Setting goals can help you reach your target sooner, but it’s vital to ensure your aims are realistic and that you have a clear plan of how you’re going to achieve them.
If you’re planning on buying a home or are already a property owner, here’s our rundown of the top financial goals you’ll need to focus on and some of the ways you might be able to reach them.
1. Saving for a deposit
Building up a deposit is often one of the biggest challenges first-time buyers face.
Your first step should be to work out exactly how much you need to save each month, and how long it’s likely to take for you to achieve your goal. Our savings calculator can crunch the numbers on your behalf so you can work out how much or for how long you’d need to save to reach a set amount.
Once you know how much you need to be putting away, look at ways you might be able to give your savings a boost. For example, there are various government schemes which may help, such as the Help to Buy ISA and Lifetime ISA, with the government topping up any contributions you make into these accounts by 25%. However, if you have both these accounts, you can only use the government bonus from one to help you buy a property.
You may also have financial help from the Bank of Mum and Dad, which may be prepared to gift you some money to help you reach your savings goal faster.
There are lots of free savings apps available to help you keep track of your savings progress. Some enable you to see exactly what’s coming in and going out of all your accounts and you can choose different goals to work towards, including buying a house, paying off debt and growing your savings.
2. Get the right mortgage for you
Whether buying a home, or remortgaging if you already own a property, finding the right mortgage is crucial.
Start by thinking about what type of deal you want. For example, if you’re worried about rates going up and want peace of mind that your payments won’t change, a fixed rate deal might be your best bet. If you’re comfortable with a bit less certainty, you might prefer to go for a variable discounted rate or base rate tracker mortgage. If you need help deciding, a mortgage broker can talk you through all the available options.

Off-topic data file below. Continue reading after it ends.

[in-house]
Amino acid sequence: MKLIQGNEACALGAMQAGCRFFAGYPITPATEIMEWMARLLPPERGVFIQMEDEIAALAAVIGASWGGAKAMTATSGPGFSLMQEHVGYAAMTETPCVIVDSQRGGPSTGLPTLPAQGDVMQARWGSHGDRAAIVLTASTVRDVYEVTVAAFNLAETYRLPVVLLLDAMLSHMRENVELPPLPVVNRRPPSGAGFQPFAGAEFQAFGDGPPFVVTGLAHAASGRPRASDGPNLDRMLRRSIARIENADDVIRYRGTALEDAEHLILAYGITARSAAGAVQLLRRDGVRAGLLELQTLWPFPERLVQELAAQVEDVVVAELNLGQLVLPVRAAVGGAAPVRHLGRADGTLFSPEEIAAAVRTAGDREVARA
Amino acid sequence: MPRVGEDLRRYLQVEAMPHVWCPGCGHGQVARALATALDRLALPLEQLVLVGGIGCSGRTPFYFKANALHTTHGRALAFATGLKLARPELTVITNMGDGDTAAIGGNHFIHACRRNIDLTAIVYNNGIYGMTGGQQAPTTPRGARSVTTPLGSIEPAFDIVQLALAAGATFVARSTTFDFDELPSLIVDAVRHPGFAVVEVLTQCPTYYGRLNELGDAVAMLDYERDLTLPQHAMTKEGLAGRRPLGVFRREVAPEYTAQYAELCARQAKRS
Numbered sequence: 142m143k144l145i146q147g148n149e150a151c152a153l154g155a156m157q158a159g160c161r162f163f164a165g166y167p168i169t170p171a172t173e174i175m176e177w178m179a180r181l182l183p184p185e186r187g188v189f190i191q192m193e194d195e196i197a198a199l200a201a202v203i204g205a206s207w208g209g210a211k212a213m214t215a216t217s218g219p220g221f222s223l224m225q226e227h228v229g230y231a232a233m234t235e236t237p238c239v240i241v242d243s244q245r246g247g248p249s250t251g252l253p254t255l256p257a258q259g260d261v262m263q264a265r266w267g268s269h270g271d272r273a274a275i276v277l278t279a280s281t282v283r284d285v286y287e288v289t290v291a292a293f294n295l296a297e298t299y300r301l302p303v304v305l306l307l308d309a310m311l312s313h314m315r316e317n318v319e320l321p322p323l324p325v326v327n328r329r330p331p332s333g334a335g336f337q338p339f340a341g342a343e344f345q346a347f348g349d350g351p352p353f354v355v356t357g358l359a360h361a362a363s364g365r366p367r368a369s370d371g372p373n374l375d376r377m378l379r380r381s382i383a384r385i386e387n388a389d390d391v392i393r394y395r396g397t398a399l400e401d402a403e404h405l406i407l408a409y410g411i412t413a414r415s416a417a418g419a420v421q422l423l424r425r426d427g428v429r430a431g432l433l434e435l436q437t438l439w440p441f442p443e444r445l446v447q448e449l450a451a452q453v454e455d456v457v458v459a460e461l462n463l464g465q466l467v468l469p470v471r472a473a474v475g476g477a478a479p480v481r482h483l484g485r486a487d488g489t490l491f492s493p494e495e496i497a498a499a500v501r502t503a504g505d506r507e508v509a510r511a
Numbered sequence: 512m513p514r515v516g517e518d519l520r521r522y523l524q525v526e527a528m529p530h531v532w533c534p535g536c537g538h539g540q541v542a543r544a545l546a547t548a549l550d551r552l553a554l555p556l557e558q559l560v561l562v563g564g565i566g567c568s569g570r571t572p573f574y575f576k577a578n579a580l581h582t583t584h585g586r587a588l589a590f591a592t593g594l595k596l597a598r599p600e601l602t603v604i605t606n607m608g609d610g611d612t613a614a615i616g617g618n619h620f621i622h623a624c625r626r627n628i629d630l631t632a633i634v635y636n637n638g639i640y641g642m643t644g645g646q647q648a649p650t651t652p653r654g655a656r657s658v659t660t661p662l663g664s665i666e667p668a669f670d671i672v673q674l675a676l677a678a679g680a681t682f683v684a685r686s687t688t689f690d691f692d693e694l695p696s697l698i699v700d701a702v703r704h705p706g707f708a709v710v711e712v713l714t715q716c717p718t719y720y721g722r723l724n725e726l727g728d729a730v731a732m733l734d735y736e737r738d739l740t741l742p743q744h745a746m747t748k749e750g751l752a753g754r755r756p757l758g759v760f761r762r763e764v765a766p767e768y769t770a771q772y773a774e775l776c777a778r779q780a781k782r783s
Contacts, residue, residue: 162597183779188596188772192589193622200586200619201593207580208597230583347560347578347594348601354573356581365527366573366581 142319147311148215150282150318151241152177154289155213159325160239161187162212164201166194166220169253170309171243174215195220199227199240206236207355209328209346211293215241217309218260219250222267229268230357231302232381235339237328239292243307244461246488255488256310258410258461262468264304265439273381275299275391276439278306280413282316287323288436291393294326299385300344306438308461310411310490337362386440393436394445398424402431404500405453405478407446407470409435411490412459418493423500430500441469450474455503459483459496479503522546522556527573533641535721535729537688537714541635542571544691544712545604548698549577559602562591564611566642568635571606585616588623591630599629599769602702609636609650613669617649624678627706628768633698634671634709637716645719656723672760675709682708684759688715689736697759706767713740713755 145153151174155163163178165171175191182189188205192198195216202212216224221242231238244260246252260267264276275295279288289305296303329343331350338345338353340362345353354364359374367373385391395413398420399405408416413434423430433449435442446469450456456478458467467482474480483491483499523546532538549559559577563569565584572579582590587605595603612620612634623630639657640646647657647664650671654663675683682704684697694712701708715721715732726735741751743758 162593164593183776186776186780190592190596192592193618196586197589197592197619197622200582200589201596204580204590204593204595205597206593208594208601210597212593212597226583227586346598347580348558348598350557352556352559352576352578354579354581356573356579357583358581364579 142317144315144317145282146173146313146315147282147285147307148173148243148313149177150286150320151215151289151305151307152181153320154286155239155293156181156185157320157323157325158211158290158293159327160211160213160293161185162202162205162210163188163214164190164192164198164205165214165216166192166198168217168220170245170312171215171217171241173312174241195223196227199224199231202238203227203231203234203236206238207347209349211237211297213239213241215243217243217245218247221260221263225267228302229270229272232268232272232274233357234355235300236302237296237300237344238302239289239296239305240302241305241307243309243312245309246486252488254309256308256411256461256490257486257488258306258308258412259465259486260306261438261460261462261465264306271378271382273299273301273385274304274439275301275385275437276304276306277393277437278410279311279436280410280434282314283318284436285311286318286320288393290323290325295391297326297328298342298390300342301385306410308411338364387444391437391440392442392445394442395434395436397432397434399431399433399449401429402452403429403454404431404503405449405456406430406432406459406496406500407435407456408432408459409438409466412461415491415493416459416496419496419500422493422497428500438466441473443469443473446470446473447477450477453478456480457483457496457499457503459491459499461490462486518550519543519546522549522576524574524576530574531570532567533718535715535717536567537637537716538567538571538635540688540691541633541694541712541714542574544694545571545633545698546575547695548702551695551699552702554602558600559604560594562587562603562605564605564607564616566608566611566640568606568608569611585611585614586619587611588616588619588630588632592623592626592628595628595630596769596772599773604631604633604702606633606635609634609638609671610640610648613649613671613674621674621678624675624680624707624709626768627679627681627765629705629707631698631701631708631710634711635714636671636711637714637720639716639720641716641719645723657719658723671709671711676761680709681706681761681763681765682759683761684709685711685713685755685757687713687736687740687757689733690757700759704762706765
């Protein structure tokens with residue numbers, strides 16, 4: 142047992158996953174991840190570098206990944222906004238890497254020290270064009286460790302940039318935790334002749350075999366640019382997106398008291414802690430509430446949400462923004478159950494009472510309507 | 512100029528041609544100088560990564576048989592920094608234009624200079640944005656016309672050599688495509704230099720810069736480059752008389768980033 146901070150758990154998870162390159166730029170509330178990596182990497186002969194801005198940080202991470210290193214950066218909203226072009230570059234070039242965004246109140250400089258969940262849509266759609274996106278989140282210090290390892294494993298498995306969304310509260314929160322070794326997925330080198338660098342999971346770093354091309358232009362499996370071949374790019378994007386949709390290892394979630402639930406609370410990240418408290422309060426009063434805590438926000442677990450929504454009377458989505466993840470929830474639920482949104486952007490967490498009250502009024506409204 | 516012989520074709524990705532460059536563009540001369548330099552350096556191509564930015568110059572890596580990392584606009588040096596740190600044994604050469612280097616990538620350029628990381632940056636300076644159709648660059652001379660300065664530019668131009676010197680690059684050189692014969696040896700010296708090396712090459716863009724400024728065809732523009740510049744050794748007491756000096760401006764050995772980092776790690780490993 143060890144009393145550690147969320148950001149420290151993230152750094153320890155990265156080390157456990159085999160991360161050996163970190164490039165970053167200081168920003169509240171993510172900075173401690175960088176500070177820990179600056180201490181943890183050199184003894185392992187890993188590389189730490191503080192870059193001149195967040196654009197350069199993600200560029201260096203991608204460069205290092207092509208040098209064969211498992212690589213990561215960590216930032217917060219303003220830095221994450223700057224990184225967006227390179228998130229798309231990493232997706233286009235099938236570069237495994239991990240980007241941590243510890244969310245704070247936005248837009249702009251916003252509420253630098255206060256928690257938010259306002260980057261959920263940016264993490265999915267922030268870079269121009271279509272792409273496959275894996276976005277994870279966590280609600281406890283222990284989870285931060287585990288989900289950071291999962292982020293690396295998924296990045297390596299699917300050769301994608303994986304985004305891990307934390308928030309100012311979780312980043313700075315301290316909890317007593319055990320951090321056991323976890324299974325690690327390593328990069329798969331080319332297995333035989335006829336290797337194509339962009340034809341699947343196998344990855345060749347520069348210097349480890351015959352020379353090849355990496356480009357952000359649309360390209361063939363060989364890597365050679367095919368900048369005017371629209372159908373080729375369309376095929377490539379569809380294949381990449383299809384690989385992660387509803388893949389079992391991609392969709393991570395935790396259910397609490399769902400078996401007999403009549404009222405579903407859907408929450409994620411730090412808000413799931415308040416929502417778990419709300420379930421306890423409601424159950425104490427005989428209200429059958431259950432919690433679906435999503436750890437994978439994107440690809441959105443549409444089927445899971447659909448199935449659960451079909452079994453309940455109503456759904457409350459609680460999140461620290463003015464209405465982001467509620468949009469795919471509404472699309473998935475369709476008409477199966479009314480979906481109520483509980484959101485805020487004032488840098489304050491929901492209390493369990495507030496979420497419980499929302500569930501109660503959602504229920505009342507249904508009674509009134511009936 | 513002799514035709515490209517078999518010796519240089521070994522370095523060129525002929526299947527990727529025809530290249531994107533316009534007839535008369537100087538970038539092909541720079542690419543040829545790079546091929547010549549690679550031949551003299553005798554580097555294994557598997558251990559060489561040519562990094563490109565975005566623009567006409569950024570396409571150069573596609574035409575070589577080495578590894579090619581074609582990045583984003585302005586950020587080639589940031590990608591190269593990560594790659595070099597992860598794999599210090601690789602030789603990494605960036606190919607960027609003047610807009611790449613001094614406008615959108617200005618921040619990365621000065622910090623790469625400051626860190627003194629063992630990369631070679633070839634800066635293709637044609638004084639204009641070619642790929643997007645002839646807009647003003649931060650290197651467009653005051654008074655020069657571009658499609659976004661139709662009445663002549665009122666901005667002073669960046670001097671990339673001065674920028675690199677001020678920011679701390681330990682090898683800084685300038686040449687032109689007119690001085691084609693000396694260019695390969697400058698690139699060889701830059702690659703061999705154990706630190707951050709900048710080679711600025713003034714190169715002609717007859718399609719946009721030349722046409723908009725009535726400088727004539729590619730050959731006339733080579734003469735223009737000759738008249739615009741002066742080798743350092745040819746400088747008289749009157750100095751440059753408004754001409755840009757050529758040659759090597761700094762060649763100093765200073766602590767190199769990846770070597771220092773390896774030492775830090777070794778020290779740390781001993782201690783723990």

Brokers will be able to look at the overall cost of each mortgage, not just focusing on the interest rate, but also factoring in fees and incentives, so you can find the best deal to suit your needs.
3. Overpay your mortgage
For those already on the property ladder, your goal might be to be mortgage free as soon as possible.
If you can afford to, then overpaying your mortgage regularly even by small amounts can help you reduce the amount you owe, enabling you to shorten your mortgage term.
Before overpaying your mortgage, check with your lender to see if they will allow this without penalty. Most will permit some overpayments, typically of 10% of your mortgage balance each year if you’re in an introductory fixed, discounted or tracker period.
4. Remortgage regularly
Remortgaging once you reach the end of your mortgage introductory rate can potentially save you thousands of pounds compared to moving onto your lender’s standard variable rate (SVR).
Set a diary reminder at least three months ahead of the date your current deal is due to finish so you can start looking into alternative deals to remortgage to. Many remortgage offers are valid for between three and six months from the date they’re issued and arranging your next mortgage in advance means you can move straight from one deal to another without moving onto your lender’s SVR.
5. Retire early
If your financial goal is to retire early, you’ll want to get your mortgage paid off as soon as possible.
L&C research found that around three million people think they’ll still be paying off their mortgage beyond the age of 65, but if you want to be mortgage-free sooner than this, you’ll need to think carefully about ways you can reduce the amount you owe.
One way to do this might be to consider an offset mortgage, whereby you offset any savings you have against your mortgage. Rather than earning interest on your savings, the balance is used to reduce the amount of interest you pay on your mortgage debt, enabling you to pay off what you owe more quickly.
It’s not always easy to decide if an offset is right for you – it’ll depend on several factors such as how much interest you’re earning on your savings and the interest rate of the offset mortgage, as well as how much you decide to offset, so seek professional advice from a broker if you’re not sure.
Having financial goals and working hard to achieve them can reap major long-term rewards. If you’re planning on buying a property, or you already have and hope to be mortgage free one day, you’ll need to put practical steps in place to achieve these goals. So don’t delay - the sooner you start planning, the sooner you’ll be able to make them happen.